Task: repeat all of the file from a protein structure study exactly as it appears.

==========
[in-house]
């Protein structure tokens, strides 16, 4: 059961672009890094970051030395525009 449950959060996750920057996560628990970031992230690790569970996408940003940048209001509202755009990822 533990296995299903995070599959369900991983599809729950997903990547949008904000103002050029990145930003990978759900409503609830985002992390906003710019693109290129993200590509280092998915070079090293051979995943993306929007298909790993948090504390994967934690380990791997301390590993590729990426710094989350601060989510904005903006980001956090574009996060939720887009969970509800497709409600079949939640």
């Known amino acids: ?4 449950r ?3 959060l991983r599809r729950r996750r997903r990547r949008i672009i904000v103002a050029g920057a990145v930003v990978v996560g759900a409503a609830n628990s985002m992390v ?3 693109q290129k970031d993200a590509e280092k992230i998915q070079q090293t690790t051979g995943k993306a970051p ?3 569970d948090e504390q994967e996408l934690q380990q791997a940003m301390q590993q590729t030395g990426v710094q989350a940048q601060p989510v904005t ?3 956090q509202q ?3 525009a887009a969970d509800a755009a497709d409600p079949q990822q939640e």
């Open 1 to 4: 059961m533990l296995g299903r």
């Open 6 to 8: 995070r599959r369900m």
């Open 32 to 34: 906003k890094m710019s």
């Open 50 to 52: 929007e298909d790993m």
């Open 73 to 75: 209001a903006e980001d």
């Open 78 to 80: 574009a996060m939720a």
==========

[in-house]
């Protein structure tokens, strides 16, 4: 059961672009890094970051030395525009 449950959060996750920057996560628990970031992230690790569970996408940003940048209001509202755009990822 533990296995299903995070599959369900991983599809729950997903990547949008904000103002050029990145930003990978759900409503609830985002992390906003710019693109290129993200590509280092998915070079090293051979995943993306929007298909790993948090504390994967934690380990791997301390590993590729990426710094989350601060989510904005903006980001956090574009996060939720887009969970509800497709409600079949939640």
């Known amino acids: ?4 449950r ?3 959060l991983r599809r729950r996750r997903r990547r949008i672009i904000v103002a050029g920057a990145v930003v990978v996560g759900a409503a609830n628990s985002m992390v ?3 693109q290129k970031d993200a590509e280092k992230i998915q070079q090293t690790t051979g995943k993306a970051p ?3 569970d948090e504390q994967e996408l934690q380990q791997a940003m301390q590993q590729t030395g990426v710094q989350a940048q601060p989510v904005t ?3 956090q509202q ?3 525009a887009a969970d509800a755009a497709d409600p079949q990822q939640e």
């Open 1 to 4: 059961m533990l296995g299903r």
């Open 6 to 8: 995070r599959r369900m």
């Open 32 to 34: 906003k890094m710019s």
């Open 50 to 52: 929007e298909d790993m």
């Open 73 to 75: 209001a903006e980001d």
């Open 78 to 80: 574009a996060m939720a």